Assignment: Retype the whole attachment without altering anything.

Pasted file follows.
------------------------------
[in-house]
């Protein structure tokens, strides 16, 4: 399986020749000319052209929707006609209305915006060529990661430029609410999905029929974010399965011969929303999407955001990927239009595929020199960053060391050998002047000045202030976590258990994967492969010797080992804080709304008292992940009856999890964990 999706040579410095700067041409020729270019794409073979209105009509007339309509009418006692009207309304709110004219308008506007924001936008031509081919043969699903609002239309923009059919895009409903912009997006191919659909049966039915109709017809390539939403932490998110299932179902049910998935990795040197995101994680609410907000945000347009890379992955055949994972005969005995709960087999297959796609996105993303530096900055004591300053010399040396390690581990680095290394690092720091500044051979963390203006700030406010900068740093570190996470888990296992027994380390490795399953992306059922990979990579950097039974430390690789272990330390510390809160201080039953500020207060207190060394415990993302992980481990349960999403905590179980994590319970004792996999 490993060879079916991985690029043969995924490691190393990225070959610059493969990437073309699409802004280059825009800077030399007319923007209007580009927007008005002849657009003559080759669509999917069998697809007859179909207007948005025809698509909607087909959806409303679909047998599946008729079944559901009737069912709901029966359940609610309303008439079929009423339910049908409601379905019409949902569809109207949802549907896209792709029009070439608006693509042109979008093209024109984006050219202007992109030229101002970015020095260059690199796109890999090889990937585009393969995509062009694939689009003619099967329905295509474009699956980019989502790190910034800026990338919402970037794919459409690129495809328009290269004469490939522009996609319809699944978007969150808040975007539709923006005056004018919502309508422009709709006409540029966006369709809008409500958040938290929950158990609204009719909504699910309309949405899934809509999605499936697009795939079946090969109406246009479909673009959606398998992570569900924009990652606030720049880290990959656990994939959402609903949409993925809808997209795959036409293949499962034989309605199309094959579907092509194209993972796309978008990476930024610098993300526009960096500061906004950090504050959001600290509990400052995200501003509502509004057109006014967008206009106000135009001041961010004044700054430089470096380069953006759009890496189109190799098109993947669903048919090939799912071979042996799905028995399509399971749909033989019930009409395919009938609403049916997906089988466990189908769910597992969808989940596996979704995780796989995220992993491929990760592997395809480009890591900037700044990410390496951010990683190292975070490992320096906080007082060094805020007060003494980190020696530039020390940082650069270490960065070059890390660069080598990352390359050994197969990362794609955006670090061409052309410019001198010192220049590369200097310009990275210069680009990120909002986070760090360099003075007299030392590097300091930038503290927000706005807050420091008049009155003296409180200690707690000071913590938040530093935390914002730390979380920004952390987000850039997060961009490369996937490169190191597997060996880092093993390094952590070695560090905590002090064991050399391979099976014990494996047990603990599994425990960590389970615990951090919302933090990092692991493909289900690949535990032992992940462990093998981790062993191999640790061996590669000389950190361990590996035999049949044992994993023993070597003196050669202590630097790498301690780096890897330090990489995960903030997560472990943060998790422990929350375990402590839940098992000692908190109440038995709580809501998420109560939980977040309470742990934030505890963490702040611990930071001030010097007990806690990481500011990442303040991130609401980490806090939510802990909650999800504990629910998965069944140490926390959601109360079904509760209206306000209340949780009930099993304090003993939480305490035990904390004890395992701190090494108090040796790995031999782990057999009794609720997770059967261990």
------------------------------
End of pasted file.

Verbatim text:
[in-house]
């Protein structure tokens, strides 16, 4: 399986020749000319052209929707006609209305915006060529990661430029609410999905029929974010399965011969929303999407955001990927239009595929020199960053060391050998002047000045202030976590258990994967492969010797080992804080709304008292992940009856999890964990 999706040579410095700067041409020729270019794409073979209105009509007339309509009418006692009207309304709110004219308008506007924001936008031509081919043969699903609002239309923009059919895009409903912009997006191919659909049966039915109709017809390539939403932490998110299932179902049910998935990795040197995101994680609410907000945000347009890379992955055949994972005969005995709960087999297959796609996105993303530096900055004591300053010399040396390690581990680095290394690092720091500044051979963390203006700030406010900068740093570190996470888990296992027994380390490795399953992306059922990979990579950097039974430390690789272990330390510390809160201080039953500020207060207190060394415990993302992980481990349960999403905590179980994590319970004792996999 490993060879079916991985690029043969995924490691190393990225070959610059493969990437073309699409802004280059825009800077030399007319923007209007580009927007008005002849657009003559080759669509999917069998697809007859179909207007948005025809698509909607087909959806409303679909047998599946008729079944559901009737069912709901029966359940609610309303008439079929009423339910049908409601379905019409949902569809109207949802549907896209792709029009070439608006693509042109979008093209024109984006050219202007992109030229101002970015020095260059690199796109890999090889990937585009393969995509062009694939689009003619099967329905295509474009699956980019989502790190910034800026990338919402970037794919459409690129495809328009290269004469490939522009996609319809699944978007969150808040975007539709923006005056004018919502309508422009709709006409540029966006369709809008409500958040938290929950158990609204009719909504699910309309949405899934809509999605499936697009795939079946090969109406246009479909673009959606398998992570569900924009990652606030720049880290990959656990994939959402609903949409993925809808997209795959036409293949499962034989309605199309094959579907092509194209993972796309978008990476930024610098993300526009960096500061906004950090504050959001600290509990400052995200501003509502509004057109006014967008206009106000135009001041961010004044700054430089470096380069953006759009890496189109190799098109993947669903048919090939799912071979042996799905028995399509399971749909033989019930009409395919009938609403049916997906089988466990189908769910597992969808989940596996979704995780796989995220992993491929990760592997395809480009890591900037700044990410390496951010990683190292975070490992320096906080007082060094805020007060003494980190020696530039020390940082650069270490960065070059890390660069080598990352390359050994197969990362794609955006670090061409052309410019001198010192220049590369200097310009990275210069680009990120909002986070760090360099003075007299030392590097300091930038503290927000706005807050420091008049009155003296409180200690707690000071913590938040530093935390914002730390979380920004952390987000850039997060961009490369996937490169190191597997060996880092093993390094952590070695560090905590002090064991050399391979099976014990494996047990603990599994425990960590389970615990951090919302933090990092692991493909289900690949535990032992992940462990093998981790062993191999640790061996590669000389950190361990590996035999049949044992994993023993070597003196050669202590630097790498301690780096890897330090990489995960903030997560472990943060998790422990929350375990402590839940098992000692908190109440038995709580809501998420109560939980977040309470742990934030505890963490702040611990930071001030010097007990806690990481500011990442303040991130609401980490806090939510802990909650999800504990629910998965069944140490926390959601109360079904509760209206306000209340949780009930099993304090003993939480305490035990904390004890395992701190090494108090040796790995031999782990057999009794609720997770059967261990």